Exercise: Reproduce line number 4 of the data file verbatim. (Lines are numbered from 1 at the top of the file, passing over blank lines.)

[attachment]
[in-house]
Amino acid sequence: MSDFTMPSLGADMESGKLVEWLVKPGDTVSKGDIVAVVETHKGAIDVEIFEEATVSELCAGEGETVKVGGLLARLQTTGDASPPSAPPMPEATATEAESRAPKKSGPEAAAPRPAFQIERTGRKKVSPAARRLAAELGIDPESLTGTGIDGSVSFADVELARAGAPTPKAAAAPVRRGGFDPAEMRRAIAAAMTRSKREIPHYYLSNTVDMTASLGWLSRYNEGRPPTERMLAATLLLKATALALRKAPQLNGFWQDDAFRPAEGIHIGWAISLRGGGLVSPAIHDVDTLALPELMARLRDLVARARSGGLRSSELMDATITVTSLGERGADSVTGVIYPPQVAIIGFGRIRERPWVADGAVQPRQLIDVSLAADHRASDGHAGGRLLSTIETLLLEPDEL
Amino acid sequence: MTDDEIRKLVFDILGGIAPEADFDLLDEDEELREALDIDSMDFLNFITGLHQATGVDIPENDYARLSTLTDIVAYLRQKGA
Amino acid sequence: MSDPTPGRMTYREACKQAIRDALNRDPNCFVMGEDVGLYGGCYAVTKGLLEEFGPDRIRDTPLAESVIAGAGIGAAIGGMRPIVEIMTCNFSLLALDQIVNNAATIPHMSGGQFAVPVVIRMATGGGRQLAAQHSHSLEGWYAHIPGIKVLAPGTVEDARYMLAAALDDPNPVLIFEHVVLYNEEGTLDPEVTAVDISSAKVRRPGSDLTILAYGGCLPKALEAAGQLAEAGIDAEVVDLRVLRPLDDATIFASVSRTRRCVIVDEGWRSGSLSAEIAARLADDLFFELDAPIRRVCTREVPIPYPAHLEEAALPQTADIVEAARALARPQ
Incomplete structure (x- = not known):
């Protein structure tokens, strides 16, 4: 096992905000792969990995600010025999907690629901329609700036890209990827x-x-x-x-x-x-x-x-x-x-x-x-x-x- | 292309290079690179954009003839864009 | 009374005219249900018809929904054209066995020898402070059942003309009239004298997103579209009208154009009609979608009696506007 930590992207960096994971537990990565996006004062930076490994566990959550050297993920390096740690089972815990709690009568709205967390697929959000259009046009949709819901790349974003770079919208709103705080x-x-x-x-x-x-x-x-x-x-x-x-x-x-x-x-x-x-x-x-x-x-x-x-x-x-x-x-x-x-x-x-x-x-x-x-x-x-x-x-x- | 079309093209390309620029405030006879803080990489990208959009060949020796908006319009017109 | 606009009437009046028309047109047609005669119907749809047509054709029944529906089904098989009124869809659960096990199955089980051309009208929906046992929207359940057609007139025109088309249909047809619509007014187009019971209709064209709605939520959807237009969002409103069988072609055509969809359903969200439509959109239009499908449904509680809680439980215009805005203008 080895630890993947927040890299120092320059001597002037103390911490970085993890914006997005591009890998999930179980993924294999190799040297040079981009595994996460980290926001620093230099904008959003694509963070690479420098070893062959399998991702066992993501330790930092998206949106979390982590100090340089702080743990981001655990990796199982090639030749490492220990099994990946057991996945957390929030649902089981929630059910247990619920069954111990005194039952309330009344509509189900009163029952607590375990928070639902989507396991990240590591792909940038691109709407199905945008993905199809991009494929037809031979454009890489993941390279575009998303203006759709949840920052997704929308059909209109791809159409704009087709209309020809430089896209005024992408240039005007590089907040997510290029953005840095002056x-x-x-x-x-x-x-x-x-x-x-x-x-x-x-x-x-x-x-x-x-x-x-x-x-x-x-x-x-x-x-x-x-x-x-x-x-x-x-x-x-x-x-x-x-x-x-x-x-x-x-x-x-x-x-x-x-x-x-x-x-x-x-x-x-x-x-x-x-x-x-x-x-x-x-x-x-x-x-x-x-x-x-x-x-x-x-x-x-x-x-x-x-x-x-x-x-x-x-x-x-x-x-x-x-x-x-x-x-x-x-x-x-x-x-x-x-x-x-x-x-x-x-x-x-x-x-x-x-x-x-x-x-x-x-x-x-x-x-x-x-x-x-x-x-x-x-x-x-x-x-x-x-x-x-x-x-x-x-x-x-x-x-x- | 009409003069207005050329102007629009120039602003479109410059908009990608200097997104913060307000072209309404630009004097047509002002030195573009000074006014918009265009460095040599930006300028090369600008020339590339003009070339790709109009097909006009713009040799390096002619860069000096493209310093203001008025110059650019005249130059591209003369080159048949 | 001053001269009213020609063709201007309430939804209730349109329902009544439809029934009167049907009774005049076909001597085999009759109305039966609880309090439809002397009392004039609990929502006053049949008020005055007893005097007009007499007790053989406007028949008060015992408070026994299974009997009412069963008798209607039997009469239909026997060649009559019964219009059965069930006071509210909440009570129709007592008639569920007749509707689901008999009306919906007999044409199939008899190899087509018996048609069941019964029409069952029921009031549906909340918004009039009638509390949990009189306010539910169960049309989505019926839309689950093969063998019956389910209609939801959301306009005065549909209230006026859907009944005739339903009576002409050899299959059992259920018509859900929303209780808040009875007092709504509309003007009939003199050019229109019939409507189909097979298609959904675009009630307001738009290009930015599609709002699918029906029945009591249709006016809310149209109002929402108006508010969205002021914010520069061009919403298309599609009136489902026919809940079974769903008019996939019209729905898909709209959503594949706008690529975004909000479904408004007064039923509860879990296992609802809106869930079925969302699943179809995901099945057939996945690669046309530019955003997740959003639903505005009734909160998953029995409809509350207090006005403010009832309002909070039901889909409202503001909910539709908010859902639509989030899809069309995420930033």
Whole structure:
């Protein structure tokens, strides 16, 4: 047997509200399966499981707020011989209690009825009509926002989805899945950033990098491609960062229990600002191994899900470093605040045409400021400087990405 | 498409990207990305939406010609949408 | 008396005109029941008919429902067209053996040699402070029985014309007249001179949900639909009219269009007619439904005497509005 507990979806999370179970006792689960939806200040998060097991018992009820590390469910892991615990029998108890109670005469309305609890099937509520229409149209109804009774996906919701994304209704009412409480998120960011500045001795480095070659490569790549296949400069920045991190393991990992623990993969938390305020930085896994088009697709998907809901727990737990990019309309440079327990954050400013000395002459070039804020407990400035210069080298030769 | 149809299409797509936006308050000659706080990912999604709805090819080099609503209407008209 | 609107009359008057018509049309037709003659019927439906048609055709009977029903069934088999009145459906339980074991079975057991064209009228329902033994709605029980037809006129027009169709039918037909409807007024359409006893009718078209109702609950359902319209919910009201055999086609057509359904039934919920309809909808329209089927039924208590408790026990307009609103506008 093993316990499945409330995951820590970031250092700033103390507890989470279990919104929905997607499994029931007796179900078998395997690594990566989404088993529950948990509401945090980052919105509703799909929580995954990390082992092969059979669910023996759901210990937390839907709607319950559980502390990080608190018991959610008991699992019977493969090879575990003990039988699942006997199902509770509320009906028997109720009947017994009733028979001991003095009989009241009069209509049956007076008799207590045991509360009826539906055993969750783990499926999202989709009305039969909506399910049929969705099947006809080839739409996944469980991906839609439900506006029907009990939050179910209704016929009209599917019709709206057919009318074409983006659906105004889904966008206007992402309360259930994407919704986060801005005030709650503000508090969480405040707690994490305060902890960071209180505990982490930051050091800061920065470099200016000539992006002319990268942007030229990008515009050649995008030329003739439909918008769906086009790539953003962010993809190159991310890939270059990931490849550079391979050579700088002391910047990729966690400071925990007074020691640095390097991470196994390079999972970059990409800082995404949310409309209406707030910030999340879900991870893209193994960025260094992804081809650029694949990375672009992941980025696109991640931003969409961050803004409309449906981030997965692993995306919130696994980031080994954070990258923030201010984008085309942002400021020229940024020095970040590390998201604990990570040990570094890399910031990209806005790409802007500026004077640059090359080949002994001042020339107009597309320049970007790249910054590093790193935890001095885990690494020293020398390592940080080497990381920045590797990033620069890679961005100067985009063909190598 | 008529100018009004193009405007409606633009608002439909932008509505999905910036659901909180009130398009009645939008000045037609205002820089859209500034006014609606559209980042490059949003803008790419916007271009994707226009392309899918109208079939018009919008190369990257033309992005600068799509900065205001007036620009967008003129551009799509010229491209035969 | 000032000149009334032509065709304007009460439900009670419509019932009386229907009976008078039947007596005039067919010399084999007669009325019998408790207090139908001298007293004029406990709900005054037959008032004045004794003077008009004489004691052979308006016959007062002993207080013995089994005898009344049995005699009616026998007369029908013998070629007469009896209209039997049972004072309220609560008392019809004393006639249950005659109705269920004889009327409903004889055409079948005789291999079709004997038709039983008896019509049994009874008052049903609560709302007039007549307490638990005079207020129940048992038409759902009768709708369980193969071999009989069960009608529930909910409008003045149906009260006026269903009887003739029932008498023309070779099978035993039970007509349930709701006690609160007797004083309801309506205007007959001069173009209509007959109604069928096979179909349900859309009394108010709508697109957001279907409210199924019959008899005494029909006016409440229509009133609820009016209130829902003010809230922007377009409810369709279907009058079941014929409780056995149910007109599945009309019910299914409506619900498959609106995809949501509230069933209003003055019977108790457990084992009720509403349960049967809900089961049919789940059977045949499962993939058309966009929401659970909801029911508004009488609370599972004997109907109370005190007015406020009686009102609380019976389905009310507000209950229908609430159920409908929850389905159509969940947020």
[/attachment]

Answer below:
Amino acid sequence: MSDPTPGRMTYREACKQAIRDALNRDPNCFVMGEDVGLYGGCYAVTKGLLEEFGPDRIRDTPLAESVIAGAGIGAAIGGMRPIVEIMTCNFSLLALDQIVNNAATIPHMSGGQFAVPVVIRMATGGGRQLAAQHSHSLEGWYAHIPGIKVLAPGTVEDARYMLAAALDDPNPVLIFEHVVLYNEEGTLDPEVTAVDISSAKVRRPGSDLTILAYGGCLPKALEAAGQLAEAGIDAEVVDLRVLRPLDDATIFASVSRTRRCVIVDEGWRSGSLSAEIAARLADDLFFELDAPIRRVCTREVPIPYPAHLEEAALPQTADIVEAARALARPQ